Across the Universe: Spider-Man no more?
700th issue of 'Amazing Spider-Man' turns series on its head
By Don Kaye
Special to MSN Movies
First, a spoiler warning, in case you don't want to know what just happened in the historic 700th issue of "The Amazing Spider-Man," which arrived on the stands this week.
OK, ready to keep going? Let's press on.
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Spider-Man is dead. Long live Spider-Man. Peter Parker -- the nerdy young man from Queens who was bitten by a radioactive spider and developed superhuman powers, becoming one of the most beloved superheroes of all time -- is gone, his consciousness trapped in the broken and now-dead body of his archnemesis, Dr. Otto Octavius, aka Doctor Octopus, after their minds were swapped.
Meanwhile, Doc Ock's mind has taken up residence in Peter's body, but in a surprising turn of events in the final pages, Ock is deeply affected when he abruptly relives all of Peter's memories from throughout his entire life. After that, Octavius pledges to the dying hero that he will take up the responsibilities of being Spider-Man and become a force for good.
The final scene between Peter and his longtime nemesis carries quite a bit of emotional power, but there's even more poignancy on hand in an earlier sequence in which Peter dies for three minutes and sees everyone who he has ever lost, including his Uncle Ben -- who absolves him of guilt over Ben's death all those years ago. This is comic book writing at its best.
And that's how "The Amazing Spider-Man" concluded this week, with the 700th issue also being the last of the decades-old line. It will be replaced in January by "The Superior Spider-Man," with Octavius' consciousness inside Peter's body -- and costume -- while Peter Parker himself is presumably gone forever after 50 years of web-spinning.
But is he really? Marvel and writer Dan Slott have been saying that this is a permanent change, but comic book fans know better. Superman was famously killed off in the '90s, yet came back. More recently, Captain America was assassinated at the end of the "Civil War" saga yet eventually returned as well. Even Bruce Wayne was presumed dead for more than a year not long ago, with the original Robin, Dick Grayson, donning Batman's cape and cowl in the interim.
It seems as if superheroes always come back in the end, and this is one of the reasons why we have gradually stopped reading comic books, at least the major superhero lines: If someone can come back to life, there's inherently no sense of true loss when they die. It's very difficult to have a truly dramatic story or character arc when the whole thing can be reset with the turn of a page. Anyone remember when Peter made a deal with Mephisto and wiped out his entire marriage with Mary Jane Watson, just because?
The idea of Doc Ock struggling to pretend he's Peter Parker, in Peter's body, while also going against his own nature and learning to be a good guy, is a fascinating one that could lead to a number of cool stories as "The Superior Spider-Man" progresses, just as the death of Captain America led to some great stories with Bucky Barnes taking up the mantle.
But in the end, we know Peter will be back, and the only suspense will be in figuring out how he does it. Remember, his memories and perhaps even a bit of his consciousness are still locked in his physical brain, just crowded to one side by the powerful mind of Doc Ock.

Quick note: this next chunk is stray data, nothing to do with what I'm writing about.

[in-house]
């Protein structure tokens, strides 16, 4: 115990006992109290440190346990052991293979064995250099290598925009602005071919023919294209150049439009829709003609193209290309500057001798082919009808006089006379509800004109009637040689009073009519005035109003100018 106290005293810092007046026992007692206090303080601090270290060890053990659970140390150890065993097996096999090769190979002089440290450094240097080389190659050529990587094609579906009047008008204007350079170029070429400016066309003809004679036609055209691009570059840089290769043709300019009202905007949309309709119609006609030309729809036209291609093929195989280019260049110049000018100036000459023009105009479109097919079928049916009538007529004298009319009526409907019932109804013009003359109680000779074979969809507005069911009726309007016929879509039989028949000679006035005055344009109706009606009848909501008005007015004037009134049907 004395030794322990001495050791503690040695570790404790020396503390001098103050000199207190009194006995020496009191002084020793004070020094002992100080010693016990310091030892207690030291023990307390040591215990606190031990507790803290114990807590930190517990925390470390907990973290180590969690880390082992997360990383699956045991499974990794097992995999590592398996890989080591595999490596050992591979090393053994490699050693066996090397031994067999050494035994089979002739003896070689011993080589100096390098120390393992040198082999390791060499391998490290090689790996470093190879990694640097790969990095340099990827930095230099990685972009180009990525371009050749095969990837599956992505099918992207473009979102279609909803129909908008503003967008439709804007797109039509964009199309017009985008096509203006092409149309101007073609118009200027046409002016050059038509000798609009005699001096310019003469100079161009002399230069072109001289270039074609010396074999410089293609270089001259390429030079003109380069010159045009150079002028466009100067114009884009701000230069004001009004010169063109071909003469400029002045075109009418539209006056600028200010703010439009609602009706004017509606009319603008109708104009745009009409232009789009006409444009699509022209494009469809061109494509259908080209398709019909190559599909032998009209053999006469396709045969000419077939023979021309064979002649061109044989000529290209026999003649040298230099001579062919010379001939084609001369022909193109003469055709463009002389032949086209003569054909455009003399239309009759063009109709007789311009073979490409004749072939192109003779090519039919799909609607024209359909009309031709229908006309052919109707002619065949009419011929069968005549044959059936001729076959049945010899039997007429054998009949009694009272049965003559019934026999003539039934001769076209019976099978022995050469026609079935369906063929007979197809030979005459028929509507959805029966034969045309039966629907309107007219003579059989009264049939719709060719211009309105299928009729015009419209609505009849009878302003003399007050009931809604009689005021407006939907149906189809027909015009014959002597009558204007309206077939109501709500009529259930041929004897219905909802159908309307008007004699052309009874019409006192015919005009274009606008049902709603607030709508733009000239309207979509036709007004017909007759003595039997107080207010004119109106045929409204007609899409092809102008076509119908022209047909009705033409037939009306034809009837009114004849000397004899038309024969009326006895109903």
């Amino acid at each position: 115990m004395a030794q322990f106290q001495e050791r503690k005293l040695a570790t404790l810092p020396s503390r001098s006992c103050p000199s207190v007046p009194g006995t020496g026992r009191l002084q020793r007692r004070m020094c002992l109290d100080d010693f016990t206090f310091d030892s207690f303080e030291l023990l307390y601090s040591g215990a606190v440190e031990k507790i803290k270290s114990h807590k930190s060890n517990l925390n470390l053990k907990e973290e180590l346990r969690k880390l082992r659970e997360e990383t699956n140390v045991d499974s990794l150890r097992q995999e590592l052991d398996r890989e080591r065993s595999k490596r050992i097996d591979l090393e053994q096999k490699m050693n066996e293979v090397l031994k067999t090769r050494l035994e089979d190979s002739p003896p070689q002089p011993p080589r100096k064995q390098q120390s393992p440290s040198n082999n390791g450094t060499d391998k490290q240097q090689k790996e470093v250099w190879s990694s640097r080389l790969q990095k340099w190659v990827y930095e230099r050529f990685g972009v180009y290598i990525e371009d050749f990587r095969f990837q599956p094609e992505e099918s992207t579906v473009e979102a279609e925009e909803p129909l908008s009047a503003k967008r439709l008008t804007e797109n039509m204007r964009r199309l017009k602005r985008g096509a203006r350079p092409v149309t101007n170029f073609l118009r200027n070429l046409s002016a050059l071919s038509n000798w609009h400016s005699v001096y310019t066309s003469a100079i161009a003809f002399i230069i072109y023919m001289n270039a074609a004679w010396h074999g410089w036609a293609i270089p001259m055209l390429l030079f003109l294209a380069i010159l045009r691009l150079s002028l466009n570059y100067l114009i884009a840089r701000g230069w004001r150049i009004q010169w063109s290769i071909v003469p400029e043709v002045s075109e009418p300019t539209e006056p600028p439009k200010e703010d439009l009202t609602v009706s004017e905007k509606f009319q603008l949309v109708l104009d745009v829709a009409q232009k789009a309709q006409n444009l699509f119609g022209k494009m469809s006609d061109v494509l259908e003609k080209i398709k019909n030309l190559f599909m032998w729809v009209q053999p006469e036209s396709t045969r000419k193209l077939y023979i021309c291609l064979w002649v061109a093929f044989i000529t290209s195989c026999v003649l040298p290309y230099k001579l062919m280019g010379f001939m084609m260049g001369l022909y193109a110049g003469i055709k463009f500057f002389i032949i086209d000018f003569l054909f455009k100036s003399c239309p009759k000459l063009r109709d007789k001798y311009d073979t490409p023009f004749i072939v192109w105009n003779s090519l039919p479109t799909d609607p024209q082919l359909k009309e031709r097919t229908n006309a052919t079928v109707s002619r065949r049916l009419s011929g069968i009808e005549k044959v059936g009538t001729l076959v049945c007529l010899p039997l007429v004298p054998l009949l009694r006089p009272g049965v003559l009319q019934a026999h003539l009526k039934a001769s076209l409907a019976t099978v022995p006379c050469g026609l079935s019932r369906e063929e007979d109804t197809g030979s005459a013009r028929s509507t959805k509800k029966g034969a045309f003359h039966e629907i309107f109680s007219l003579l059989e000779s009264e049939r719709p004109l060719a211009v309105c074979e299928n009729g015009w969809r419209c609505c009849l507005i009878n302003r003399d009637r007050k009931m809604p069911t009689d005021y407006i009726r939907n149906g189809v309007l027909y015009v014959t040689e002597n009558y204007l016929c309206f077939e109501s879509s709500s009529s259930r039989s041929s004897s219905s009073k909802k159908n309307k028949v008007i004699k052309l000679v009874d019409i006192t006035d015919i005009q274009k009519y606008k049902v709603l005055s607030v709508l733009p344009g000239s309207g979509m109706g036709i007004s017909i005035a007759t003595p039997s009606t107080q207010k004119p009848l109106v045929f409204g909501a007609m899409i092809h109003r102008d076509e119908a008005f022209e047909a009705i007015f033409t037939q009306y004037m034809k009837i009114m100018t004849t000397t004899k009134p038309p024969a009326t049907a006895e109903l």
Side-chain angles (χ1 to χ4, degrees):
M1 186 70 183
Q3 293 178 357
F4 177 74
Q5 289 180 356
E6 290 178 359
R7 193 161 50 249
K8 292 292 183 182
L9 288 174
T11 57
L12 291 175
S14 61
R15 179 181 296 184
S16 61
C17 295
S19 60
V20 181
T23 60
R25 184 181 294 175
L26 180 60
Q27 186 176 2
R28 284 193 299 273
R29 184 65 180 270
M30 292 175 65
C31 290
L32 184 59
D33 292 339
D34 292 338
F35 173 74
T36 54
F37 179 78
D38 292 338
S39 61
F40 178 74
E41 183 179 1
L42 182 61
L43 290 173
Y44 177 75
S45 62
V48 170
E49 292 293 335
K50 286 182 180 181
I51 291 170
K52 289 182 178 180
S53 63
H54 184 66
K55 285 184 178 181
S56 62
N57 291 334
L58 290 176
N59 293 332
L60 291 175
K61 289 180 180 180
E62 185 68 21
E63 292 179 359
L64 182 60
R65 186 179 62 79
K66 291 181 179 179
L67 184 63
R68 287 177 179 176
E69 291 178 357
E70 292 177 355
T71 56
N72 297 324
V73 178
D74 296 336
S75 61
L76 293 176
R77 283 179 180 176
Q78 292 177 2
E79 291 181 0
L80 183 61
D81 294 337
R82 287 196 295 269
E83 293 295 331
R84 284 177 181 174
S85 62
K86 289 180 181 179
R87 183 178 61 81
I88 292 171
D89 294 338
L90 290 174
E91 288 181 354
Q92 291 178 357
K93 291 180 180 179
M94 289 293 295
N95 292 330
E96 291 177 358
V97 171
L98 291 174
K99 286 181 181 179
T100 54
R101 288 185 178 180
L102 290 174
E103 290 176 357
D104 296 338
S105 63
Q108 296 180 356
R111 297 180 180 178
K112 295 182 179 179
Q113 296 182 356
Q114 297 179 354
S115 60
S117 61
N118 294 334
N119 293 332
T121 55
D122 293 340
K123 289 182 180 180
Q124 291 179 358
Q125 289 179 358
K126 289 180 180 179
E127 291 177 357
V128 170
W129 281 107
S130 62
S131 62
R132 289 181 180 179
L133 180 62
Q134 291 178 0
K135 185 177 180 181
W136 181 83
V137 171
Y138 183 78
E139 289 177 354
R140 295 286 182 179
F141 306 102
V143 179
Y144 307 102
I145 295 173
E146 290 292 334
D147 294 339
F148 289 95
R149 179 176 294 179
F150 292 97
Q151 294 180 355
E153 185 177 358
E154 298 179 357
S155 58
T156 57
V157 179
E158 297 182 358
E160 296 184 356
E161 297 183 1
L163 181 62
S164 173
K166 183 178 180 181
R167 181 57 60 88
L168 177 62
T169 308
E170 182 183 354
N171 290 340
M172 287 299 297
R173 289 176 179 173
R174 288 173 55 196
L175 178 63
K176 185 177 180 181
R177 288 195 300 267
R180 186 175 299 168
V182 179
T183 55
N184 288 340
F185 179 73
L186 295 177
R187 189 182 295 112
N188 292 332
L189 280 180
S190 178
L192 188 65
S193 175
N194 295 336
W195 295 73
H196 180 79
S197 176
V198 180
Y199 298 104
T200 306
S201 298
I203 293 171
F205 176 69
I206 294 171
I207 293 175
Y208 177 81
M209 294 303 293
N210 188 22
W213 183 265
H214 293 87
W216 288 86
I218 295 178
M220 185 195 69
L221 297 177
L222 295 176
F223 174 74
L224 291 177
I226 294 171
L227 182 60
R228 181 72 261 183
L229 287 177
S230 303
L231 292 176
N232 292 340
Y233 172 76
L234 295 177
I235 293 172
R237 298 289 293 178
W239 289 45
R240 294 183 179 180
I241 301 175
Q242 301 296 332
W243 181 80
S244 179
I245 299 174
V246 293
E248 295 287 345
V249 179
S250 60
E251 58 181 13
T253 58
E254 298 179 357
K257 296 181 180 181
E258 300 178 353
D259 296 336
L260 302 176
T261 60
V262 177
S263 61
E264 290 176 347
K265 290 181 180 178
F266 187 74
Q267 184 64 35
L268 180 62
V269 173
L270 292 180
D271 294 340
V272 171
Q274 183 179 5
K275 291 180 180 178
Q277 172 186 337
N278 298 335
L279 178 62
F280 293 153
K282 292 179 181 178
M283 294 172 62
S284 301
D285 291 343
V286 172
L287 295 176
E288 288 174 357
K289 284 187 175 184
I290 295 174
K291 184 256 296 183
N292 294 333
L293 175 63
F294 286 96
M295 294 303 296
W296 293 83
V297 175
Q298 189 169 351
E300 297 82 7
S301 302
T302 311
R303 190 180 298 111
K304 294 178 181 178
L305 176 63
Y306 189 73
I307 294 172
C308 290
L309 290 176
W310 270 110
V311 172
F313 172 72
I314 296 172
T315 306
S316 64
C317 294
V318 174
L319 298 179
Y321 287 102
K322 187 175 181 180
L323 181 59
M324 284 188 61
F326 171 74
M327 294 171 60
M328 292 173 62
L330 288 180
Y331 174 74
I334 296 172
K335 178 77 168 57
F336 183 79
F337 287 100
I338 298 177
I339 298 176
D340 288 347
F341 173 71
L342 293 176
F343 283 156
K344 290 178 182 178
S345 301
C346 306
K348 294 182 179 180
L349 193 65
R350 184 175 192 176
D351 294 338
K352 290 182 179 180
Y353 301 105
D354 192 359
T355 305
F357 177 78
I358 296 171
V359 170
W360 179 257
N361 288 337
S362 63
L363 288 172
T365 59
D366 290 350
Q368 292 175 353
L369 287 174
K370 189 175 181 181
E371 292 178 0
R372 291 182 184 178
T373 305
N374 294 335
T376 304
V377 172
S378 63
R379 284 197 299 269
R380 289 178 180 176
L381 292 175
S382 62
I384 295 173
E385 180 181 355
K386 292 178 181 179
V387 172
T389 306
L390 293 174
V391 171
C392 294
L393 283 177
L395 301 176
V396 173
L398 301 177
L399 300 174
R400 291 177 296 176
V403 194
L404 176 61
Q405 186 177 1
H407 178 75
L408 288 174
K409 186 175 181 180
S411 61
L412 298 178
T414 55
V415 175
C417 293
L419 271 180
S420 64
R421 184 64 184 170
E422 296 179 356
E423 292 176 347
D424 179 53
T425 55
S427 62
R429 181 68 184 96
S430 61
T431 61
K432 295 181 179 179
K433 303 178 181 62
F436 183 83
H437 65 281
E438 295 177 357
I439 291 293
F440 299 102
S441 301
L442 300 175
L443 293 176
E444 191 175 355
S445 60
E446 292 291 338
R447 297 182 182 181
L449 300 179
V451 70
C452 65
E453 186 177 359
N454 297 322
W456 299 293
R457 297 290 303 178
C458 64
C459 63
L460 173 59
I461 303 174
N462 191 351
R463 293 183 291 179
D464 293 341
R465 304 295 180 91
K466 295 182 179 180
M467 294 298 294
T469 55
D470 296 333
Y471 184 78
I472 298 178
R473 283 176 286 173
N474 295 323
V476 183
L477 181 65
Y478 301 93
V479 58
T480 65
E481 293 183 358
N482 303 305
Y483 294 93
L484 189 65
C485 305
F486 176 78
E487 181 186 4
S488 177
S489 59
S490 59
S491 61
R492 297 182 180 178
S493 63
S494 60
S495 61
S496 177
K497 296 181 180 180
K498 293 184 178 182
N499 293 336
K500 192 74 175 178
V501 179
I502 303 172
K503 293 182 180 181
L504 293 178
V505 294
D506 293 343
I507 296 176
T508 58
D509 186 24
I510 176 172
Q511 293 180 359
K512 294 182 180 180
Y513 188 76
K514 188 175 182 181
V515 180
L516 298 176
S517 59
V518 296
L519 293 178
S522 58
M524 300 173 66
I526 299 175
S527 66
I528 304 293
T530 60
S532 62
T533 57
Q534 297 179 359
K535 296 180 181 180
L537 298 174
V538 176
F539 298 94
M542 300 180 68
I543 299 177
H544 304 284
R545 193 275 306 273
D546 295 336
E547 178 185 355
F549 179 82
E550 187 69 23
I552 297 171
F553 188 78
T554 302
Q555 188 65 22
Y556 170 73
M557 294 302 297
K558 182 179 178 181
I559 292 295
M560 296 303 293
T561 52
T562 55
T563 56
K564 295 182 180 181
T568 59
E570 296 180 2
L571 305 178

Some fans have responded with outrage to the story's turn of events, with Slott even reportedly receiving death threats. How anyone can do that is beyond our understanding -- threatening to kill someone over a comic book hero? Come on, guys. Even if it's a prank, it's an awful one.
Comic books have had as hard a time transitioning to a digital world as any other form of entertainment, and they're far from out of the woods. This shake-up of the Spider-Man universe is no doubt one way to jazz up publicity for the line and rattle readers' cages. And it will probably work -- in the short term, anyway. But how long will it be before "The Superior Spider-Man" makes way for the return of "The Amazing Spider-Man"?
We're guessing that the wheels will start turning at Marvel Comics to bring Peter back approximately a year from now -- just as the marketing for the summer of 2014's big screen "Amazing Spider-Man 2" starts to get under way.
"It seems as if superheroes always come back in the end, and this is one of the reasons why we have gradually stopped reading comic books, at least the major superhero lines: If someone can come back to life, there's inherently no sense of true loss when they die. It's very difficult to have a truly dramatic story or character arc when the whole thing can be reset with the turn of a page. Anyone remember when Peter made a deal with Mephisto and wiped out his entire marriage with Mary Jane Watson, just because?"
Really? How about we stopped reading comics when the stories went from being great stories written within a framework and a "bible" if you will of the universe and morphed into a pedestal for the current writer at that time ala "and now, the all NEW untold origin of "X" iconic superhero". When you "reboot" a comic you run the risk of alienating your audience. When you reboot the same comic 4, 5 and 6 times just because we have horrible writers who insist in working in the comic field, well then you get disaster.
Or how bout we stopped reading comics when they went from costing us 10% or less of minimun wage to costing 33% of that same salary? Not sure where the idea that all comic writers/artists should be millionaires ala Todd McFarlane came from, but seriously? $2.95, $3.95 and up for an issue? Thats insane. Maybe the prices go hand in hand with the "monumental" storylines they write, after all, who wants to spend that much money on a normal issue of a comic where nothing really big happens.